Two weeks after a shooting in a Baltimore high school, the city’s school board has reversed its position on whether school police should be allowed to carry weapons.
The Baltimore Sun reports that the board voted 8-2 in support of legislation that would amend state law to authorize officers to patrol schools with guns.
The board’s decision comes a month after the 10 members voted unanimously against the idea of arming school police officers. The shift could provide a needed boost to the proposed state legislation.
Neil Davis, a 25-year-old family member of a student, came into Douglass High School on Feb. 8 and allegedly shot special education assistant Michael Marks, 56, a longtime school staff.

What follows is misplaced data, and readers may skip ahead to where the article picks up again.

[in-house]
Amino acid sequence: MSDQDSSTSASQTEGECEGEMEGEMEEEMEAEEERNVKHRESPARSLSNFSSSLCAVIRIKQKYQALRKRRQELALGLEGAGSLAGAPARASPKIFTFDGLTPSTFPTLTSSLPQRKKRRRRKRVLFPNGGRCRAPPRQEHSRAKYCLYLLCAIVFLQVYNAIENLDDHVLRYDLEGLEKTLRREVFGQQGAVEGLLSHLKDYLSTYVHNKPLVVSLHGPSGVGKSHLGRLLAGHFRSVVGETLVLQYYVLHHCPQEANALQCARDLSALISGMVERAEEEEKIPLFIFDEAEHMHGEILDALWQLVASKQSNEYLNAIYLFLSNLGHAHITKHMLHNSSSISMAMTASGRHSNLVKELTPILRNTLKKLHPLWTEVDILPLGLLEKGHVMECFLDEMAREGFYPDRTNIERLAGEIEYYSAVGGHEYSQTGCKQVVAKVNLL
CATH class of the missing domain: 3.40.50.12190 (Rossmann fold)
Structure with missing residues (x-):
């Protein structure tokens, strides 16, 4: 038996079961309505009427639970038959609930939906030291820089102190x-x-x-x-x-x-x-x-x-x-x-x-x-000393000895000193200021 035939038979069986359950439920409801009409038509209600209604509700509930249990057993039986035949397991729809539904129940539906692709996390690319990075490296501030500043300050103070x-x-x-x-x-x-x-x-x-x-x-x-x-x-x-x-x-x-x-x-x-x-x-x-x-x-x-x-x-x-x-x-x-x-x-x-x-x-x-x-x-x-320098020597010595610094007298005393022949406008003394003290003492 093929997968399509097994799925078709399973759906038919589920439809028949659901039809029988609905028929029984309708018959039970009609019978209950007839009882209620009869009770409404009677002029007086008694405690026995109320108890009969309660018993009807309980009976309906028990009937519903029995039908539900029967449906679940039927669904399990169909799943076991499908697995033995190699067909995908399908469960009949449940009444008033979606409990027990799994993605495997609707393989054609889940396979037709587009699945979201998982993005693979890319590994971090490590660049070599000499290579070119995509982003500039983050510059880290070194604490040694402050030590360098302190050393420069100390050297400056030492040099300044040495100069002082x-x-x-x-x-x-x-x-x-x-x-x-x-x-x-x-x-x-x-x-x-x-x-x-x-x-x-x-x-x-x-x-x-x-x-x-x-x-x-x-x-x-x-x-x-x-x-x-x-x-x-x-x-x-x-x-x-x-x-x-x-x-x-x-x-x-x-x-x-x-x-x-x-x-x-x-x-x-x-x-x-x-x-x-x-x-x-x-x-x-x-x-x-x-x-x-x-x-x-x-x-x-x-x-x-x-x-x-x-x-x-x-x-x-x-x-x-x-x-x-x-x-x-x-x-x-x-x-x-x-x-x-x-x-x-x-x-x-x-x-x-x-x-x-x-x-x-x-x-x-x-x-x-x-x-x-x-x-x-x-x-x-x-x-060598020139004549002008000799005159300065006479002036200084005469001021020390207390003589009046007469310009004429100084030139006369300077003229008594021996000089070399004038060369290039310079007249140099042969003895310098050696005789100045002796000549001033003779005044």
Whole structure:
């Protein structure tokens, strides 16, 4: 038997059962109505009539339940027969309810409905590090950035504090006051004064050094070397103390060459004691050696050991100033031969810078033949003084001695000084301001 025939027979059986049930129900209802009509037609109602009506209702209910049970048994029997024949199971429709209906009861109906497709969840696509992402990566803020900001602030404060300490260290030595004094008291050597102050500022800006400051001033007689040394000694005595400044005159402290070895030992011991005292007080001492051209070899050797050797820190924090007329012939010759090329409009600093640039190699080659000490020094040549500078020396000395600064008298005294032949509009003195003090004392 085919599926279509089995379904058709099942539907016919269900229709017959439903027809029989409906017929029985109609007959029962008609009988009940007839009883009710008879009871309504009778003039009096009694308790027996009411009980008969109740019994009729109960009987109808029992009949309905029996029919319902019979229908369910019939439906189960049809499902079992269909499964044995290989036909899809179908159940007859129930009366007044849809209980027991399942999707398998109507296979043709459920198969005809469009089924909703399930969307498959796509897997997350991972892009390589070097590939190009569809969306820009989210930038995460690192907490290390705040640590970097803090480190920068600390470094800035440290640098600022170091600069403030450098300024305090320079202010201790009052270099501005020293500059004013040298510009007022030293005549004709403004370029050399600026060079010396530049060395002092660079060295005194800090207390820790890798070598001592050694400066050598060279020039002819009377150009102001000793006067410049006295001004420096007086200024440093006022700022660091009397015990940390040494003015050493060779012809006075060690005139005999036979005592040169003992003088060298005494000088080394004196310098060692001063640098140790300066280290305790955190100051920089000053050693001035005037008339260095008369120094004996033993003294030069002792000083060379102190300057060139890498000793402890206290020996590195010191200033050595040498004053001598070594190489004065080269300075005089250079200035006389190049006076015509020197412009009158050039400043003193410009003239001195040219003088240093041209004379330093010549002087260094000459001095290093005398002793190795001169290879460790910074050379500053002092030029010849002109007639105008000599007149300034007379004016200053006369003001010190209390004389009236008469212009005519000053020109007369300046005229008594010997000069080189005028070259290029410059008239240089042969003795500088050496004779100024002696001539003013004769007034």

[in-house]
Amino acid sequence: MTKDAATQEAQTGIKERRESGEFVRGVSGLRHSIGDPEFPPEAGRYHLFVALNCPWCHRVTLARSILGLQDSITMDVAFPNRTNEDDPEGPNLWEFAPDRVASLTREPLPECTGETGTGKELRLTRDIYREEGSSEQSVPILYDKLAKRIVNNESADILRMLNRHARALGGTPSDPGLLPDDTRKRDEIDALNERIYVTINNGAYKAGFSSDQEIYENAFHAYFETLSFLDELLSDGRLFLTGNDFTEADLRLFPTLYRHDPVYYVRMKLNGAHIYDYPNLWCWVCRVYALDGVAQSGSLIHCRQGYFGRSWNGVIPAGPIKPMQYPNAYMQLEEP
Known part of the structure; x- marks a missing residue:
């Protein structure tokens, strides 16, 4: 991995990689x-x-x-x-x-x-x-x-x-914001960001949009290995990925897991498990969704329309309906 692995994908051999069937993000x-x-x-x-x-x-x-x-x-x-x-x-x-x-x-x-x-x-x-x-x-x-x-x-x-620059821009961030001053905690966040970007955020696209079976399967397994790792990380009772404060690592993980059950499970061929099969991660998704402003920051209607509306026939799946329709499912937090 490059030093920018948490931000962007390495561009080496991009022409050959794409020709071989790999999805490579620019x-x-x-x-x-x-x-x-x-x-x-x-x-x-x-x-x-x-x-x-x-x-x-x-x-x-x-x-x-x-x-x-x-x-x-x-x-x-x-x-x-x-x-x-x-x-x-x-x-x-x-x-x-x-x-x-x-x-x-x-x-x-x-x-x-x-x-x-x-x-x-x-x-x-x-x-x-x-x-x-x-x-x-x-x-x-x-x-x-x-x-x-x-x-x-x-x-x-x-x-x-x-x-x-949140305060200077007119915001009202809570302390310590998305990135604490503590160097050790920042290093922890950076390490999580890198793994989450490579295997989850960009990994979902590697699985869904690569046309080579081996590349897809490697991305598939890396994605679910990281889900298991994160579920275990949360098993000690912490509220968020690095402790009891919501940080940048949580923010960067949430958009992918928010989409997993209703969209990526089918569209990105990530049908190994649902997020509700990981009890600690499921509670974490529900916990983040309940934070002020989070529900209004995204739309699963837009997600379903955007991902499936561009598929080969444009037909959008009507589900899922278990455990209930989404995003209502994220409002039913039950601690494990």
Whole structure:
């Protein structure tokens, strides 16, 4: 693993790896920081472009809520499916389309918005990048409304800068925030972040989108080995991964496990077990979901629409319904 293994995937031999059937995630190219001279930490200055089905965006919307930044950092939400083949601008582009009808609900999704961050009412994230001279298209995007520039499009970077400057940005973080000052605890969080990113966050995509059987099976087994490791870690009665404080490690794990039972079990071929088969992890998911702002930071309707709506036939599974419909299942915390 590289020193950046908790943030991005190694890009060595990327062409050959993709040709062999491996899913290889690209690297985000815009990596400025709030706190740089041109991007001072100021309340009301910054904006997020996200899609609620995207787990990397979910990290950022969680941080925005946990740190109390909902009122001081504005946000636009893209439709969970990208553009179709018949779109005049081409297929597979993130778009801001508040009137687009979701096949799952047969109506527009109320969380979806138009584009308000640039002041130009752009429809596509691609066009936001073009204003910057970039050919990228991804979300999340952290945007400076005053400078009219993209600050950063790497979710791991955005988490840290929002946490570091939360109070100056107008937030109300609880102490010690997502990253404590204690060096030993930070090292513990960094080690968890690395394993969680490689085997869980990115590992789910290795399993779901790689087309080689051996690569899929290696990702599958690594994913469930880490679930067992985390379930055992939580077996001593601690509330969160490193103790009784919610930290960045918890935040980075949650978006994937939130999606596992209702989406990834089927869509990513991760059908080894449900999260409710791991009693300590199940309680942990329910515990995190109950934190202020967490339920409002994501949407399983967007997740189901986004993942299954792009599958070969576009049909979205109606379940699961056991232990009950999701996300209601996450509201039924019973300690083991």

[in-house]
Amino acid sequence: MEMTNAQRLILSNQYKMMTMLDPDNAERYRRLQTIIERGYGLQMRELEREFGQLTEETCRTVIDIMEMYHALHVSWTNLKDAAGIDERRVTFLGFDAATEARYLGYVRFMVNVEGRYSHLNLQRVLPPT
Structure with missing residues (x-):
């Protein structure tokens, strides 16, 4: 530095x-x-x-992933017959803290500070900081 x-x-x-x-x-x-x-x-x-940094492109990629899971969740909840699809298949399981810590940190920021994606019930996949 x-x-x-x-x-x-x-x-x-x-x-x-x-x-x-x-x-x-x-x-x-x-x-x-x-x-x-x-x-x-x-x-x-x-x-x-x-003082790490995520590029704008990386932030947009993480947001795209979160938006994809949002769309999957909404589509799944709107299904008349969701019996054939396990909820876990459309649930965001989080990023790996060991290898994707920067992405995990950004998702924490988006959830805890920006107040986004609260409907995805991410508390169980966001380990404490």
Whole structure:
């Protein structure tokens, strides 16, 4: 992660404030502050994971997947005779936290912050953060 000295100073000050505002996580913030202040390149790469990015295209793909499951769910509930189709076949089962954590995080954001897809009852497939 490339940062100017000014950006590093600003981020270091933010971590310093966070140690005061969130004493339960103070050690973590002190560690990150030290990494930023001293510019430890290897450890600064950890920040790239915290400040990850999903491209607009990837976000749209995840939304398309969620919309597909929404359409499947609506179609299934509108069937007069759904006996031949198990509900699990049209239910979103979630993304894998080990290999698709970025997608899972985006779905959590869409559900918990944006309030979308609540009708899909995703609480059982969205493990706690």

The shooting revived the debate over whether school police should be allowed to carry guns.
Baltimore is the only jurisdiction in Maryland with a sworn school police force. In surrounding districts, local police or sheriff’s departments patrol schools and are allowed to carry their weapons.
Under current law, the city’s roughly 100 school police officers are allowed to carry their guns while patrolling the exterior of school buildings before and after school hours, but they are required to store their weapons in a secure location during the day.
Those opposed to armed officers contend that putting weapons in school is not the way to make them safer. Allowing school police to carry weapons, they say, will serve to bolster the school-to-prison pipeline and put black children in particular at risk.
Those on the other side of the debate view the Douglass shooting as further proof that officers must have their guns to keep students and staff safe from an outside threat.